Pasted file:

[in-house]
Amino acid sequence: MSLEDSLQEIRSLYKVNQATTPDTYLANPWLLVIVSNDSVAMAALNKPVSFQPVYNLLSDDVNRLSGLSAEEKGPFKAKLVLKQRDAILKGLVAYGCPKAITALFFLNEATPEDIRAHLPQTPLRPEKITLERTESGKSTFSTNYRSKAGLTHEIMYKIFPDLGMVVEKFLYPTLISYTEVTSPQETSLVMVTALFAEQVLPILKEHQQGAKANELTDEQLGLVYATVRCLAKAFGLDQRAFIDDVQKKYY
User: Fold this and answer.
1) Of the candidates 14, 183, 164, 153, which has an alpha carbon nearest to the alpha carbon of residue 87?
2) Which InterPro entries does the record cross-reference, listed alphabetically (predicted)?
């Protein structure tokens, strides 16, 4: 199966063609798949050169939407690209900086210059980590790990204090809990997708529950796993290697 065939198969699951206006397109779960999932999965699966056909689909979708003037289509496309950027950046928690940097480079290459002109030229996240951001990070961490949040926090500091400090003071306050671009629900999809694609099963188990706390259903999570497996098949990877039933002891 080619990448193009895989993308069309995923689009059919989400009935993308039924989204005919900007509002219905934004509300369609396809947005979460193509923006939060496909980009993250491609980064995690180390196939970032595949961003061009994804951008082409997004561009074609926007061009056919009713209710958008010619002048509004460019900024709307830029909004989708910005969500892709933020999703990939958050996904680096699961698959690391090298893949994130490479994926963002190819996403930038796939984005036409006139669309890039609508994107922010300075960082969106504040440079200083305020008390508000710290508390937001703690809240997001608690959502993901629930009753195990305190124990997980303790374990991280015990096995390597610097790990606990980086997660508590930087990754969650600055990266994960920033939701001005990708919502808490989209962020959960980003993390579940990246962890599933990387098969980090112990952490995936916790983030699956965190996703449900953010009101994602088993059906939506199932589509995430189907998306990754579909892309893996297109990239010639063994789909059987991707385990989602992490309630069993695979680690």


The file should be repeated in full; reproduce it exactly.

[in-house]
Amino acid sequence: MSLEDSLQEIRSLYKVNQATTPDTYLANPWLLVIVSNDSVAMAALNKPVSFQPVYNLLSDDVNRLSGLSAEEKGPFKAKLVLKQRDAILKGLVAYGCPKAITALFFLNEATPEDIRAHLPQTPLRPEKITLERTESGKSTFSTNYRSKAGLTHEIMYKIFPDLGMVVEKFLYPTLISYTEVTSPQETSLVMVTALFAEQVLPILKEHQQGAKANELTDEQLGLVYATVRCLAKAFGLDQRAFIDDVQKKYY
User: Fold this and answer.
1) Of the candidates 14, 183, 164, 153, which has an alpha carbon nearest to the alpha carbon of residue 87?
2) Which InterPro entries does the record cross-reference, listed alphabetically (predicted)?
């Protein structure tokens, strides 16, 4: 199966063609798949050169939407690209900086210059980590790990204090809990997708529950796993290697 065939198969699951206006397109779960999932999965699966056909689909979708003037289509496309950027950046928690940097480079290459002109030229996240951001990070961490949040926090500091400090003071306050671009629900999809694609099963188990706390259903999570497996098949990877039933002891 080619990448193009895989993308069309995923689009059919989400009935993308039924989204005919900007509002219905934004509300369609396809947005979460193509923006939060496909980009993250491609980064995690180390196939970032595949961003061009994804951008082409997004561009074609926007061009056919009713209710958008010619002048509004460019900024709307830029909004989708910005969500892709933020999703990939958050996904680096699961698959690391090298893949994130490479994926963002190819996403930038796939984005036409006139669309890039609508994107922010300075960082969106504040440079200083305020008390508000710290508390937001703690809240997001608690959502993901629930009753195990305190124990997980303790374990991280015990096995390597610097790990606990980086997660508590930087990754969650600055990266994960920033939701001005990708919502808490989209962020959960980003993390579940990246962890599933990387098969980090112990952490995936916790983030699956965190996703449900953010009101994602088993059906939506199932589509995430189907998306990754579909892309893996297109990239010639063994789909059987991707385990989602992490309630069993695979680690």